Korea, U.S. at odds over Thaad payment

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Korea, U.S. at odds over Thaad payment


H.R. McMaster

A rift has emerged between Seoul and Washington on who will pay for the expensive antimissile defense system the United States recently installed in Korea, as the national security chiefs of the two countries failed to straighten out their conflict over the bill.

Kim Kwan-jin, chief of the National Security Office of the Blue House, had a telephone conversation with White House National Security Adviser Gen. H.R. McMaster on Sunday about the controversy concerning the Terminal High Altitude Area Defense (Thaad) and its $1 billion operational cost. Shortly after key components of the Thaad battery were installed in Seongju, North Gyeongsang, last week, U.S. President Donald Trump said he wants Korea to foot the bill for the deployment, an abrupt change from the original arrangement that the U.S. military will cover the operational costs, while Korea will provide the site and necessary infrastructure.

Following talks with McMaster, Kim said Sunday that his U.S. counterpart reconfirmed the two countries’ original agreement. The Blue House’s announcement, however, was refuted 13 hours later, when McMaster gave a completely different account.

“What I told our South Korean counterpart is until any renegotiation, that the deals in place, we’ll adhere to our word,” McMaster told Fox News Sunday.

“The last thing I would ever do is contradict the president of the United States,” McMaster also said. “And that’s not what it was. What the president has asked us to do, is to look across all of our alliances and to have appropriate burden sharing-responsibility sharing. We’re looking at that with our great ally South Korea, we’re looking at that with NATO.”

U.S. Vice President Mike Pence also said in an interview with NBC that Seoul will be asked to pay up.

“Look, the president has been very clear, whether it’s our allies in Europe or South Korea or Japan or other countries, we expect countries around world to do more,” Pence said. “And whether it’s this missile defense system or other systems, I think you can be confident that the president of the United States will call on prosperous nations that the United States provides security for to do more in their own defense.”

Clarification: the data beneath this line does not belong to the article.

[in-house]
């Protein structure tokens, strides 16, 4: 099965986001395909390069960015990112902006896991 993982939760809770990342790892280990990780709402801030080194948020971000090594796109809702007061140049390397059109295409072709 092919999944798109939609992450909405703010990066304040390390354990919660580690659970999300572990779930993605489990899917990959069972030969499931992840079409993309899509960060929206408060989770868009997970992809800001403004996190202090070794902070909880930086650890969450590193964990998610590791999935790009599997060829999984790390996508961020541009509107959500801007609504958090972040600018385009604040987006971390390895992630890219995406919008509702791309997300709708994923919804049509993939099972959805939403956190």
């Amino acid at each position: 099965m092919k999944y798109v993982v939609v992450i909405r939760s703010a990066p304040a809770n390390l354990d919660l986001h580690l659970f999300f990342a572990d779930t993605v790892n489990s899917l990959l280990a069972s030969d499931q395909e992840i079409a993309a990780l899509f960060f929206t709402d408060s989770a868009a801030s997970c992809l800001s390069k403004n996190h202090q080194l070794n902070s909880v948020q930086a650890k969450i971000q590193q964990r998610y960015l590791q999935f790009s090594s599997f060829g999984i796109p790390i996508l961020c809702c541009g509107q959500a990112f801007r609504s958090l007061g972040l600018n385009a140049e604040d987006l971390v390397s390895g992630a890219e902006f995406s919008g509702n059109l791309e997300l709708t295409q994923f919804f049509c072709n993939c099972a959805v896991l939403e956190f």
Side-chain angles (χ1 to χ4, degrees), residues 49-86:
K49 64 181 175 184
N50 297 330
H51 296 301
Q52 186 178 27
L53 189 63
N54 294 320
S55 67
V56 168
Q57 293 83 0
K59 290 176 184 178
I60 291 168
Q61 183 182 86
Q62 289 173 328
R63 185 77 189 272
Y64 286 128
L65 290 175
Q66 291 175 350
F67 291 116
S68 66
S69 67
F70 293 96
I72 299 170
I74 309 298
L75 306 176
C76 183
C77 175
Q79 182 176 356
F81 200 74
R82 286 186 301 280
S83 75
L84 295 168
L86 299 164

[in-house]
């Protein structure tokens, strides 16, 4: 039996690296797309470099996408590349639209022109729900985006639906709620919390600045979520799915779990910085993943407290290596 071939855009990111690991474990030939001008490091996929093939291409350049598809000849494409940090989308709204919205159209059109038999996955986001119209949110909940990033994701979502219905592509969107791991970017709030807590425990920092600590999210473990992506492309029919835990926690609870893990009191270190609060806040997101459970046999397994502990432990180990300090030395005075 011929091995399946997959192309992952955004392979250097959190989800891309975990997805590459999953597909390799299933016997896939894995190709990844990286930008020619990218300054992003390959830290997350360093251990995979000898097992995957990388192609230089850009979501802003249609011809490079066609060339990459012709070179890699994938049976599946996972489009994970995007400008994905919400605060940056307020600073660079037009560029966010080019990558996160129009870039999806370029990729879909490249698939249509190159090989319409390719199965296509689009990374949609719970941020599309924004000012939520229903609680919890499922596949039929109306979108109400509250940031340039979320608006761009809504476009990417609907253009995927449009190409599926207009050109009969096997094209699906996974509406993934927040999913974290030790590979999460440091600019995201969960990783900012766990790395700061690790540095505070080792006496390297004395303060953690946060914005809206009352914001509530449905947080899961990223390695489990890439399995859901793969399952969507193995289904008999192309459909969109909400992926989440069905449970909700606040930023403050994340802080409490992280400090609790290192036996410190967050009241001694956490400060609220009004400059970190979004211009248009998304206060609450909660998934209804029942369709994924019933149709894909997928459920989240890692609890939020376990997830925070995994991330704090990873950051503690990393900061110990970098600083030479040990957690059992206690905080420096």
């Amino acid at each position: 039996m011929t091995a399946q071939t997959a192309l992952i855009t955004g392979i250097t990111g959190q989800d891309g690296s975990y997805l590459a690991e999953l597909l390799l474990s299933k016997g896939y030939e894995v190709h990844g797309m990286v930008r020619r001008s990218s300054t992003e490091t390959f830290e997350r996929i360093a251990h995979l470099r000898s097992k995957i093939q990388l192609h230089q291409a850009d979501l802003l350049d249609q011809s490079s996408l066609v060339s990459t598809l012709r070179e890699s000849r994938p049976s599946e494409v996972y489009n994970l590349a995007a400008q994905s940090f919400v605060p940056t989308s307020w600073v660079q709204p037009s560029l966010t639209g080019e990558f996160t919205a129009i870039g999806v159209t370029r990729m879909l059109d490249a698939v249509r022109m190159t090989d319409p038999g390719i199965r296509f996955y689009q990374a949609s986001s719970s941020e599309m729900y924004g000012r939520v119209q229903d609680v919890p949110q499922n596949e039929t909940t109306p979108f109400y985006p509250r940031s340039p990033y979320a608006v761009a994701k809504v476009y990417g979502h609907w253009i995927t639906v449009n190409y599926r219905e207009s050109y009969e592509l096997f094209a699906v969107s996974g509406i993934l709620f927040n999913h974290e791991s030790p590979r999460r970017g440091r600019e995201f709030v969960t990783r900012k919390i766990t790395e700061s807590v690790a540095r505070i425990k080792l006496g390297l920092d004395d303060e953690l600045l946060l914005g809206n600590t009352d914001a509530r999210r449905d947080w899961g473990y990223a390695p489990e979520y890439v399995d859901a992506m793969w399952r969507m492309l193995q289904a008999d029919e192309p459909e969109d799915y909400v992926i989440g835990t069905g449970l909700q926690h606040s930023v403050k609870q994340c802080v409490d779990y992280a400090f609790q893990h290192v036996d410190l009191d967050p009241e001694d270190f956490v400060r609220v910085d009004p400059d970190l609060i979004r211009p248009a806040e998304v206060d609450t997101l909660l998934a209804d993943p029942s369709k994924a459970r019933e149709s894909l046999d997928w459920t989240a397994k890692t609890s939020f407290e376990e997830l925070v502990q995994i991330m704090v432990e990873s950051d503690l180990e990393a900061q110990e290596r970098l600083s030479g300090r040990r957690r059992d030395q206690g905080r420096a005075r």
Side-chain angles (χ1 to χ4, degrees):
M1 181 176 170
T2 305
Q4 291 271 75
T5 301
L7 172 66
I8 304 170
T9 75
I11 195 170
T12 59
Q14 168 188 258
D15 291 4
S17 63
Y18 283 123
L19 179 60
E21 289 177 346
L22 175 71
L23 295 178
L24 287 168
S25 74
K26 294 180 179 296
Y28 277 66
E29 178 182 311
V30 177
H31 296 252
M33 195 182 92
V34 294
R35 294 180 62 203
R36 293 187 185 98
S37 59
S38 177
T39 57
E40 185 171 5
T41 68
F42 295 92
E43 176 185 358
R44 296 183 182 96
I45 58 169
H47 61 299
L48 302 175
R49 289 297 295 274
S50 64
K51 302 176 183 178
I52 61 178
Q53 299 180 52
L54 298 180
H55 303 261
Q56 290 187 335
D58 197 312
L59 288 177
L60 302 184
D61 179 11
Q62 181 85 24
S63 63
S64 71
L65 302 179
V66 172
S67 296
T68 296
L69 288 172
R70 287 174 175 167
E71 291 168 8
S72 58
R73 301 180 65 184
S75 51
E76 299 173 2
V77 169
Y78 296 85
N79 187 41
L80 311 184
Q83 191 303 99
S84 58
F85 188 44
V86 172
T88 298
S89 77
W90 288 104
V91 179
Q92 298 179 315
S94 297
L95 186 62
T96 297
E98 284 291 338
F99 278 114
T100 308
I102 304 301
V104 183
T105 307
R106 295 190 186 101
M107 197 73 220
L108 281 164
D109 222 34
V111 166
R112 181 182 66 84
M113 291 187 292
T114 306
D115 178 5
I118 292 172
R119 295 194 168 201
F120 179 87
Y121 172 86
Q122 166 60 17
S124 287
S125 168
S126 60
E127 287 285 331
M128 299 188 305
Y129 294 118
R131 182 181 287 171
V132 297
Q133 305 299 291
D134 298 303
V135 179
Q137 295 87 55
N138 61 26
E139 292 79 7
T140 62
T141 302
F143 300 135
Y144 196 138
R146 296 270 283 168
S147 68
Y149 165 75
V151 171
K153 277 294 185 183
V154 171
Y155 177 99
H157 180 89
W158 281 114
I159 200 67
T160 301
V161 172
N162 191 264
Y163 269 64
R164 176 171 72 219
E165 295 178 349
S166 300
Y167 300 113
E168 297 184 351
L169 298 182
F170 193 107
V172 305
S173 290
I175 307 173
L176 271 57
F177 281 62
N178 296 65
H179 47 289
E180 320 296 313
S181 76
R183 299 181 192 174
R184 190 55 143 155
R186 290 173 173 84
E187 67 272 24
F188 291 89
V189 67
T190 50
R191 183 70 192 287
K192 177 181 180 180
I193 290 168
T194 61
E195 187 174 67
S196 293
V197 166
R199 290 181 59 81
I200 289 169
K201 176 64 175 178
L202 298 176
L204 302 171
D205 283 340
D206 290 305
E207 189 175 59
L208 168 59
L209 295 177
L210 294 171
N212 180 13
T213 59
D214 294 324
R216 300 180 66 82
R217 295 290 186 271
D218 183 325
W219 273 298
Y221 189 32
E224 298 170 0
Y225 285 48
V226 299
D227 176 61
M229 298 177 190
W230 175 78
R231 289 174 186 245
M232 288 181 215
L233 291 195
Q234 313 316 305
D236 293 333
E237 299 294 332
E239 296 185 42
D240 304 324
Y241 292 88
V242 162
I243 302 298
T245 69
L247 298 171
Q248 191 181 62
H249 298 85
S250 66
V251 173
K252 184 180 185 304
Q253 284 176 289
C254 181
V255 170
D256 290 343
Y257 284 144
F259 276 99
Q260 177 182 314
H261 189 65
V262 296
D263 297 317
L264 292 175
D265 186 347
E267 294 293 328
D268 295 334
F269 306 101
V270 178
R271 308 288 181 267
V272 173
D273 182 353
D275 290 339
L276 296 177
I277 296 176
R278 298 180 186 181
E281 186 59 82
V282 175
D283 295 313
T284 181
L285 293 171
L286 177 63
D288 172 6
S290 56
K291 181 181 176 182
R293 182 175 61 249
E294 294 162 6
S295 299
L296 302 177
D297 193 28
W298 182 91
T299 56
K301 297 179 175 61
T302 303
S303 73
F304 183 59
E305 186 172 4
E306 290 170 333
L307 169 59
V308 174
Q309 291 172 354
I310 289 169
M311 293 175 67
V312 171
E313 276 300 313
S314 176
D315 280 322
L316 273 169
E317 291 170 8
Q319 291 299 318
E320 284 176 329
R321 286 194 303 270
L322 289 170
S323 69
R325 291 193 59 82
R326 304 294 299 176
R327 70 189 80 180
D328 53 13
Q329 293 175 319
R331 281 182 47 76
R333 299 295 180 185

A diplomatic source well-informed about the White House told the JoongAng Ilbo that the pressure to pay for the bill was anticipated. “In private conversations, Trump has often said Korea must pay for the Thaad,” said the source. “But we didn’t know he would make a public demand right at this particular point.”

Another official said the demand has an intention. He said Trump probably raised the issue now in order to include the Thaad bill when the two countries negotiate for their defense cost sharing plan. In 2014, Seoul and Washington struck a five-year cost-sharing plan for 28,500 U.S. troops in Korea. Under the plan, Korea pays about 920 billion won ($807 million) of the annual cost.

The current agreement will expire in 2018, and Seoul and Washington are expected to begin negotiations in the coming months.

The Trump administration’s demand for the Thaad bill is a serious blow to Korea, which has been subject to protests by China and Russia against the deployment. Complaining that the system’s powerful radar will undermine its security interests, Beijing took economic retaliation against Korea, including instituting a ban on group tourism.

It is not the first U.S. argument for Korea to pay more for American military deployments to counter the North’s threats. In a 2014 report, the Congressional Research Service argued that Korea should be asked to pay part of the cost needed to increase the U.S. military presence in Guam because it is to counter the North’s nuclear and missile threats.

Concerns were also raised that a more serious rupture will be created between Seoul and Washington.

If a liberal candidate wins the May 9 presidential election in Korea, and if the incoming administration uses an engagement policy toward the North, Trump will likely question the effectiveness of the Korea-U.S. alliance, said Larry Niksch, a senior associate at Center for Strategic and International Studies in Washington. Niksch said the Trump administration may even demand partial or complete withdrawal of U.S. forces from Korea.

As the controversy continued to swirl, Foreign Minister Yun Byung-se said Monday that he had met with U.S. Secretary of State Rex Tillerson and clearly explained the history of the Thaad discussions between Seoul and Washington and conveyed Seoul’s position. “Tillerson is aware of the sensitivity of the issue and he said he will discuss it with the concerned offices,” said Yun.

Yun also said the main point of the conversation between Kim and McMaster was to assure that the two countries will respect the existing agreement.

The Ministry of National Defense said Monday there will be no renegotiation on who will pay for the Thaad bill. “The issue is already agreed between Korea and the United States,” said Moon Sang-gyun, spokesman for the ministry. “It is also clearly stated in the Status of Forces Agreement [SOFA].”

The bilateral SOFA, signed in 1966, governs the legal status of U.S. military personnel stationed in Korea. Under the agreement, the U.S. bears all expenditures incident to the maintenance of its armed forces in Korea. Korea is required to pay for the use of facilities and land the U.S. troops utilize.

BY KIM HYUN-KI, SER MYO-JA [ser.myoja@joongang.co.kr]
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